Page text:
I don’t have a preference. But, I like healthcare, mental health, and the environment and that’s all I really have come up with so far.  

How has your 20-year military career impacted your work?

I guess I’m just mission-oriented, detail-oriented and task-oriented and that’s essentially what makes or breaks you in the Marine Corps. So what matters in a story, is it factual, is it as factual as you can get? Is it representative of the topic or the people? 

I guess my approach is different. For example if there’s an incident, a tragic incident, is it so important to bother that person right away to just try to get the story? That experience is helpful to continue these relationships within the community and the newspaper and journalists. Because it’s community-oriented journalism right? So, we serve the community and I look at it as I’m continuing to serve my country, my community, my people the best way I can. 

Are you saying you learned empathy in the Marine Corps? 

Yeah, you do right away. As an officer. When I was enlisted I didn’t, I just knew pain. But on the flip side, taking care of Marines after 20-something years of war you’ve got to take care of people. You’ve got to know when to ride someone and when to pull someone back and say, ‘Hey, you need to talk to someone, to stop drinking.’ It takes that experience – a father figure to take care of these people. 

Why the jump from the military to journalism?

When I got out of the Marine Corps I just used writing as a way to better understand myself and be connected with my feelings. I wasn’t feeling, I was so detached and obviously that’s not good when you’re trying to be a father and raising two young women in this world. I tried to be the father that I wish I had and that required a lot of work and I continued to write. I found some success and some publications. When I got out I tried to go the police officer route but I wasn’t able to – I was too honest with my depression. I worked for a Fortune 500 company as a consultant and I was working within this military industrial complex working for the Navy and it was difficult.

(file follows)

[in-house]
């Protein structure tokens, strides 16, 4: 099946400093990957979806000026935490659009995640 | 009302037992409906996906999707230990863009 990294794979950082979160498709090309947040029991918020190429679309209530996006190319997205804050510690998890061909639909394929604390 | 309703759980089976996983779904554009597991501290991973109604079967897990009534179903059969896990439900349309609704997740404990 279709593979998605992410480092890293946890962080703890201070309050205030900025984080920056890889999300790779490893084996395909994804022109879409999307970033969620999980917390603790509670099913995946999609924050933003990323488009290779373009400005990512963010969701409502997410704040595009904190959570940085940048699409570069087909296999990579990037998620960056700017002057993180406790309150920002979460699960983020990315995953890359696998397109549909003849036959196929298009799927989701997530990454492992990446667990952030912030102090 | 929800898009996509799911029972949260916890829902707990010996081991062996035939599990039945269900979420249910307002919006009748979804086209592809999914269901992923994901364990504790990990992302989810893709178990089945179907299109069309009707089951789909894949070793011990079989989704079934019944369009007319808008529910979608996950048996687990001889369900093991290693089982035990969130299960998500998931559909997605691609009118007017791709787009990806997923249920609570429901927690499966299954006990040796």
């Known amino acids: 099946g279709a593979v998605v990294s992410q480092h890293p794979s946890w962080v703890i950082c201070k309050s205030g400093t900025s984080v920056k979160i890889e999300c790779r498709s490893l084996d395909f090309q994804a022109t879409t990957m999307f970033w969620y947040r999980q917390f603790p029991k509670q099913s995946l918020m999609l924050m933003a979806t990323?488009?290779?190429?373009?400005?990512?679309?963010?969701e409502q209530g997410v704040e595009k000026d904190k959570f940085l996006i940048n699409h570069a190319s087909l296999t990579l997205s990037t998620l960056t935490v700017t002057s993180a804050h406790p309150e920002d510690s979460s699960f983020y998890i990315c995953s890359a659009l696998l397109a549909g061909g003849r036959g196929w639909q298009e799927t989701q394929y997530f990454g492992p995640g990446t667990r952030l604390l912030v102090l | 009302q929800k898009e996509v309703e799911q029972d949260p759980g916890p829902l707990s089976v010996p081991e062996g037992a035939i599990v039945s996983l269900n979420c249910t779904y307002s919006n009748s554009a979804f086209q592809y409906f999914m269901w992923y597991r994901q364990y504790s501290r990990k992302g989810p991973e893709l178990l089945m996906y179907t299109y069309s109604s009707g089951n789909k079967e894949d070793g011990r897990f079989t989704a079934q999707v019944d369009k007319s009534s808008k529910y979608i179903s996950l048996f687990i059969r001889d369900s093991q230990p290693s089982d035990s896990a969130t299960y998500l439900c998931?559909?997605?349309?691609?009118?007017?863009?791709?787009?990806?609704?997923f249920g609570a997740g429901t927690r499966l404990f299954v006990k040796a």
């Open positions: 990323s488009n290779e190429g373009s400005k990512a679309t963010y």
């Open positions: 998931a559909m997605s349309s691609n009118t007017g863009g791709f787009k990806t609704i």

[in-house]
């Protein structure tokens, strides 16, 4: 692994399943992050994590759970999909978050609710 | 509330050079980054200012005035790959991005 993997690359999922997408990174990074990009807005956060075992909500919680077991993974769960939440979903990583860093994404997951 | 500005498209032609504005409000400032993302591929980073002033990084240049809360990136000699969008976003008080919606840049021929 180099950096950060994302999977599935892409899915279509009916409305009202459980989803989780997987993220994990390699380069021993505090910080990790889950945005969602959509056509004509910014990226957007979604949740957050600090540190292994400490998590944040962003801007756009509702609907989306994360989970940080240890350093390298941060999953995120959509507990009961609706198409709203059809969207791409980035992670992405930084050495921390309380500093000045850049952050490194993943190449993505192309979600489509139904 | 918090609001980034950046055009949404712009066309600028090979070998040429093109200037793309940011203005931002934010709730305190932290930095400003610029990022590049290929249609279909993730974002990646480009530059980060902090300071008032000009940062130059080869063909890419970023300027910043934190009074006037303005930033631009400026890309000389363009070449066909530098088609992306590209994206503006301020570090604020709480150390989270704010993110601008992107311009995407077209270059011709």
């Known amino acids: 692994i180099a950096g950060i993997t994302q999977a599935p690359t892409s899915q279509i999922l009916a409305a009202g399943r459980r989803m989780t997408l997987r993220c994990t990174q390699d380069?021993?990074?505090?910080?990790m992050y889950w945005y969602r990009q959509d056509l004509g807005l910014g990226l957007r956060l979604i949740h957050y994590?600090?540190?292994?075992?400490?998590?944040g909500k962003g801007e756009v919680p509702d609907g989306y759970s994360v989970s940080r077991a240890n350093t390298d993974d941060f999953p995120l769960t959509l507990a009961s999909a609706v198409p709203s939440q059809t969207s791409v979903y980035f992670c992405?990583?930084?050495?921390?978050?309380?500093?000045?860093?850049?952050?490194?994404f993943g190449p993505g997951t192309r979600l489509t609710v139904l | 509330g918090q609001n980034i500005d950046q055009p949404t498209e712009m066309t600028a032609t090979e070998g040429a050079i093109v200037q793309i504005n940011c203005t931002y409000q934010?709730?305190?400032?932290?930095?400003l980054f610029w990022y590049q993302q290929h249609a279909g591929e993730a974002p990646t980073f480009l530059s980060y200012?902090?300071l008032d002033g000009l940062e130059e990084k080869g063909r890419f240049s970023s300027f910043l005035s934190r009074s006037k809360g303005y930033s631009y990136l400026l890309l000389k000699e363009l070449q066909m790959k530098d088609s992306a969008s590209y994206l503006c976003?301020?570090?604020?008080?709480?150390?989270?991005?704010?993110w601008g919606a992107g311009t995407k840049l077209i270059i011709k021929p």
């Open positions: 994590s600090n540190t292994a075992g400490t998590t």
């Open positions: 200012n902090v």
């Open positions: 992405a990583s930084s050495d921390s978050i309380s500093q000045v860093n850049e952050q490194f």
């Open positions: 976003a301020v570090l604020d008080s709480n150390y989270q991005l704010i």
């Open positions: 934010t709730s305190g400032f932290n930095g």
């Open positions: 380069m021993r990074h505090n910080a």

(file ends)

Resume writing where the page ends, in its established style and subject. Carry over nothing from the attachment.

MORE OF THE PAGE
It was soul sucking because I was just contributing to the destruction and I wanted to distance myself from that so I could better understand and be human. I thought about my friend Kyle [Seitsinger] and how he died in 2004 and he received his degree posthumously for journalism from Oklahoma Christian University. They opened up a whole wing in his name. 

It kind of hit a chord with me because I was just kind of struggling to find my way. I thought ‘How do I live a meaningful life?  How do I honor Kyle? Because Kyle would have wanted me to continue to live to raise my daughters honorably. And I said, what better way to honor him than to do what he dreamed of doing and that was to be a journalist. So I had enough of a manuscript and I put it together and I only applied to one school and that was Berkeley and I got it. 

You know it’s easy to retire and just kind of collect a pension, right, but I’m not used to being comfortable and I know for me to grow, I need a lot of pain and I need to be uncomfortable. There’s nothing more humbling than going back to school, Berkeley nevertheless, as a Marine and to go with a bunch of 20-something-year-olds to school to learn a new craft. 

So I think I’m doing right by Kyle and I continue to do what he couldn’t have done.